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Some borrowers are 19 months closer to student loan forgiveness

ByTina R. Wimmer

Mar 11, 2021

(NerdWallet) – Federal student loan repayments have been suspended, without interest, since March 13, 2020, as part of coronavirus relief. The forbearance has been extended until September 30, 2021. If the pause is not extended again, borrowers will have had a 19 months respite from their loans.

Most borrowers will resume paying exactly what they did at the start of forbearance. But some will be 19 months closer to having no payments at all.

Each month of abstention counts for the 120 necessary for Cancellation of civil service loansor PSLF, and the amount required for reimbursement based on income discount – 240 for undergraduate debt or 300 for graduate debt.

This means that borrowers who ask for forgiveness will still be forgiven within the original time frame, but they will have paid less over time.

How much less depends on many things.

Who can benefit ?

Nineteen months without payment saves you money only if:

  • You are pursuing civil service loan forgiveness.
  • You’re looking for an income-based repayment discount and your payments are low enough that you haven’t paid off your loan by the time you get the forgiveness.
  • You have a standard or progressive 10-year repayment plan and you take advantage of the interest-free period to make additional payments on your principal, which will save you money on interest.

If you can get a break, the monetary value of the break for an individual borrower will depend on where you are in your payment cycle and your payment amount, which is determined by your income. Here are some scenarios that illustrate what it could do for borrowers applying for PSLF or income-based payment forgiveness.

How much borrowers in civil service jobs could save

Say you’re a 2019 graduate who never made a payment on your $27,000 in federal undergraduate loans before the 2020 payment break.

But before the break, you secured full-time employment with an eligible public service employer. You plan to pursue PSLF and are enrolled in an income-driven repayment plan, if needed. We assume that your salary will increase over time at a rate of 3.2% over 10 years of repayment. You were ready to make your first payment when the break started in March 2020.

By the time your loans are canceled after 10 years, here’s how much you could save by not making 19 months of payments (depending on potential income):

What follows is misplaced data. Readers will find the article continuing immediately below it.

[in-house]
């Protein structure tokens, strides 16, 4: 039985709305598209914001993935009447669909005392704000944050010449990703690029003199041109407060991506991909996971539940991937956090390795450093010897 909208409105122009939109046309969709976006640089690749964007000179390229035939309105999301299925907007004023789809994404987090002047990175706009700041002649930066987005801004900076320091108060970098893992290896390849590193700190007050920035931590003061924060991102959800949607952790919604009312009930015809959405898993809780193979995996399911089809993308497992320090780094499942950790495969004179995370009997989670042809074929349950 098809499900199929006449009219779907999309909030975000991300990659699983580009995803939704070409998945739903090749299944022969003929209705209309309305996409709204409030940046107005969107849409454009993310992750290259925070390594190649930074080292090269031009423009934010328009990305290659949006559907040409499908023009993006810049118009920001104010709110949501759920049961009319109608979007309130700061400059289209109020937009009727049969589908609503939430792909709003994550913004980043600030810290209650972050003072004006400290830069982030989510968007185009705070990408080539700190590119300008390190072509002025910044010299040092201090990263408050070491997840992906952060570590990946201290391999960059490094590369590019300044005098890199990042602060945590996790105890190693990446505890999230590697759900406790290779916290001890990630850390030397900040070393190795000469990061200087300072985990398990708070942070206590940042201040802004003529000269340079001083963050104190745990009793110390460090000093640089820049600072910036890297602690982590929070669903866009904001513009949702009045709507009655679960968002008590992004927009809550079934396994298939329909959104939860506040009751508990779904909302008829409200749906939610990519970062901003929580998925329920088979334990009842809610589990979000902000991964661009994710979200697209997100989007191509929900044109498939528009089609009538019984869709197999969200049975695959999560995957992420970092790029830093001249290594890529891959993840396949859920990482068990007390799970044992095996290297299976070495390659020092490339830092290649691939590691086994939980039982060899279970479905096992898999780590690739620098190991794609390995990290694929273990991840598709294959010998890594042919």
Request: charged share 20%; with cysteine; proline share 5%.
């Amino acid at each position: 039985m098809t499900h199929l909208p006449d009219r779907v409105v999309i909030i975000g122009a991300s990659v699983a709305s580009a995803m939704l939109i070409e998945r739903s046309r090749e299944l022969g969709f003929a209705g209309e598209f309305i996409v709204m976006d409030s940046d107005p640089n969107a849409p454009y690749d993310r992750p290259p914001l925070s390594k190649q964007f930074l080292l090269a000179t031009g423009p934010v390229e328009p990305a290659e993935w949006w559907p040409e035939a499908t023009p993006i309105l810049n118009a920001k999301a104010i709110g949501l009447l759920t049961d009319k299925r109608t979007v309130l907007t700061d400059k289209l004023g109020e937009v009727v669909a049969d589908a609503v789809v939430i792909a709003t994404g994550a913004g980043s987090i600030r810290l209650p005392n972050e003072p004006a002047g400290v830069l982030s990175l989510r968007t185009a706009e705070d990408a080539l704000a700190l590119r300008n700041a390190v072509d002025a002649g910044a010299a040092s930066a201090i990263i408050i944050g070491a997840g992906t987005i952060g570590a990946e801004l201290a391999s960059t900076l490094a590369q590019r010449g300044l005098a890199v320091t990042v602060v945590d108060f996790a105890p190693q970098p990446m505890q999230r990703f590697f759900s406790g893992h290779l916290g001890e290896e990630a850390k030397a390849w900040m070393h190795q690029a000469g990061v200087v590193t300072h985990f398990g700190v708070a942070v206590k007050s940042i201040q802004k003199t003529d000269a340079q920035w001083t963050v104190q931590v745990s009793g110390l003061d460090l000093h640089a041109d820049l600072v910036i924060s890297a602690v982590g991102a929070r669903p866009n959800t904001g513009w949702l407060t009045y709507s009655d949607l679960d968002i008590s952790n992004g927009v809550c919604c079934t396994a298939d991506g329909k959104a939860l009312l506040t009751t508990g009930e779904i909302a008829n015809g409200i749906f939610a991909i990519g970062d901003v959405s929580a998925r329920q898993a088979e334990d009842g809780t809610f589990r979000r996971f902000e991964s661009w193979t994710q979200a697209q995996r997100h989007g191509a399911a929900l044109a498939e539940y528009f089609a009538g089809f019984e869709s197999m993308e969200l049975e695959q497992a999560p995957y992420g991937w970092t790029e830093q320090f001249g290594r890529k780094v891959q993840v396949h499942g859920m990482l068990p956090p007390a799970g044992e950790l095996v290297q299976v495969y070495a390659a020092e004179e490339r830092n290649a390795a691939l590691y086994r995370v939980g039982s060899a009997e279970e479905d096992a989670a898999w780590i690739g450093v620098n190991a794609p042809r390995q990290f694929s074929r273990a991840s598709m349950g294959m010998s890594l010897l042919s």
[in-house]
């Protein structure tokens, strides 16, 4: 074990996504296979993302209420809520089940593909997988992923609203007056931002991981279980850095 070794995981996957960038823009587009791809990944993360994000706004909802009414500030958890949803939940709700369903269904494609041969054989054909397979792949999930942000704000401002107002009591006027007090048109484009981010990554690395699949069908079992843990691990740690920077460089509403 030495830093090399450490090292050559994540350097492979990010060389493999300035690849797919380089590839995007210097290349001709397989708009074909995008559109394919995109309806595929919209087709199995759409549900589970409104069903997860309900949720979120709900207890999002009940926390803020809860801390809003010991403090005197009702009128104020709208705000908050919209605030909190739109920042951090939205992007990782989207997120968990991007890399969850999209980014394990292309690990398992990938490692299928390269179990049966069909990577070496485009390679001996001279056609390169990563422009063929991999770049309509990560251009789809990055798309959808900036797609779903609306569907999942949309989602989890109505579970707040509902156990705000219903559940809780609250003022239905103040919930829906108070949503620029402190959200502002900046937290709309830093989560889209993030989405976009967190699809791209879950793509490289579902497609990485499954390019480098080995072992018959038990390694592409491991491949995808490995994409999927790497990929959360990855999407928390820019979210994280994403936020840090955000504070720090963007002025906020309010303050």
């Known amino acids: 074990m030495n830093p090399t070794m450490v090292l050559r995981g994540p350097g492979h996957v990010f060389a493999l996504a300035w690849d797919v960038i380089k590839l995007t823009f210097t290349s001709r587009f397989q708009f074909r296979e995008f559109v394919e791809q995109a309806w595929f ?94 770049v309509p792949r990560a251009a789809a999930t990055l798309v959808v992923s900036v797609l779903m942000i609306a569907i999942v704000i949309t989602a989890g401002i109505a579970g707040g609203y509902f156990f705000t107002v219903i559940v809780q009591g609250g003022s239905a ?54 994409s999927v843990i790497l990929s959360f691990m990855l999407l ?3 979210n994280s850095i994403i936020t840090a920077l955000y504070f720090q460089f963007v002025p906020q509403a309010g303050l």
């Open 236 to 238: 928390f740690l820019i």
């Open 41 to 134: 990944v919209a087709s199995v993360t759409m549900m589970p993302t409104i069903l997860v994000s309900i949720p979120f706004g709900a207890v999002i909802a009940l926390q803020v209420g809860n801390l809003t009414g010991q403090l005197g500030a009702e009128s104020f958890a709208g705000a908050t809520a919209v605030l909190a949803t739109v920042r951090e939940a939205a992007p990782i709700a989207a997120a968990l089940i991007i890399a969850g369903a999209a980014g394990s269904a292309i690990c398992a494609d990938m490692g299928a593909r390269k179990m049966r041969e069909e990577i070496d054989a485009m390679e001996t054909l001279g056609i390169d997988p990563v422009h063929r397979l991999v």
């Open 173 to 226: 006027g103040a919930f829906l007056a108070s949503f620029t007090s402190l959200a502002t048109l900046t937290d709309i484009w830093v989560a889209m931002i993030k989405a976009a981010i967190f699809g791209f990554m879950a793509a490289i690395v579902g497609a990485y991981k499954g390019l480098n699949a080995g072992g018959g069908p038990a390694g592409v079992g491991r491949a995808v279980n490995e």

• Income of $20,000: $1,098 saved.
  • Income of $30,000: $3,176 saved.
  • Income of $40,000: $5,254 saved.

Now suppose the same employment scenario is true, but in this case you have high federal student debt – $129,500 – that you accumulated for undergraduate and graduate studies. But that higher degree helped you land a job with a higher income. Again, we assume that you will remain in the public service and your earnings will grow at a rate of 3.2% over 10 years of payments.

By the time your loans are canceled after 10 years, here’s how much you could save by not making 19 months of payments (depending on potential income):

  • Income of $70,000: $11,489 saved.
  • Income of $80,000: $13,567 saved.
  • Income of $90,000: $15,645 saved.

Savings on an income-based plan are not guaranteed

Forgiveness takes much longer if you are not employed in a qualified position in the public service. An income-based repayment plan could still save you money, if you don’t pay off your debt before cancellation.

Again, let’s say you’re a 2019 graduate who never made a payment on your $27,000 federal undergraduate loans before the 2020 payment break. You’re working and enrolled in the repayment plan based on the most widely available income, Revised Pay As You Earn. Under REPAYE, your payments are canceled after 20 years if you used loans for undergraduate studies.

In this example, you were due to make your first payment when the break began in March 2020. We assume, like the other examples, that your salary will increase at a rate of 3.2% over 20 years of repayment.

By the time your loans are canceled after 20 years, here’s how much you could save by not making 19 months of payments (depending on potential income). It is important to note that if your income increases, you could pay off the loan before it is eligible for forgiveness:

  • Income of $20,000: $2,636 saved.
  • Income of $30,000: $5,484 saved.
  • Income of $40,000: Nothing spared. You repaid your debt after 151 months (12.5 years).

Again, let’s say the same employment scenario is true, but in this case you have undergraduate and graduate debt which brings your total debt to $129,500. You now have a higher income, which we assume will also increase at a rate of 3.2% and you will repay for 25 years (300 month repayment term for higher education).

By the time your loans are canceled after 25 years, here’s how much you could save by not making 19 months of payments (depending on potential income):

  • Income of $70,000: savings of $20,275.
  • Income of $80,000: $23,609 in savings.
  • Income of $90,000: No savings. You have repaid your debt after 269 months (22.4 years).

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Anna Helhoski writes for NerdWallet. Email: [email protected] Twitter: @AnnaHelhoski.

The article Some Student Loan Borrowers Are 19 Months Closer to Forgiveness originally appeared on NerdWallet.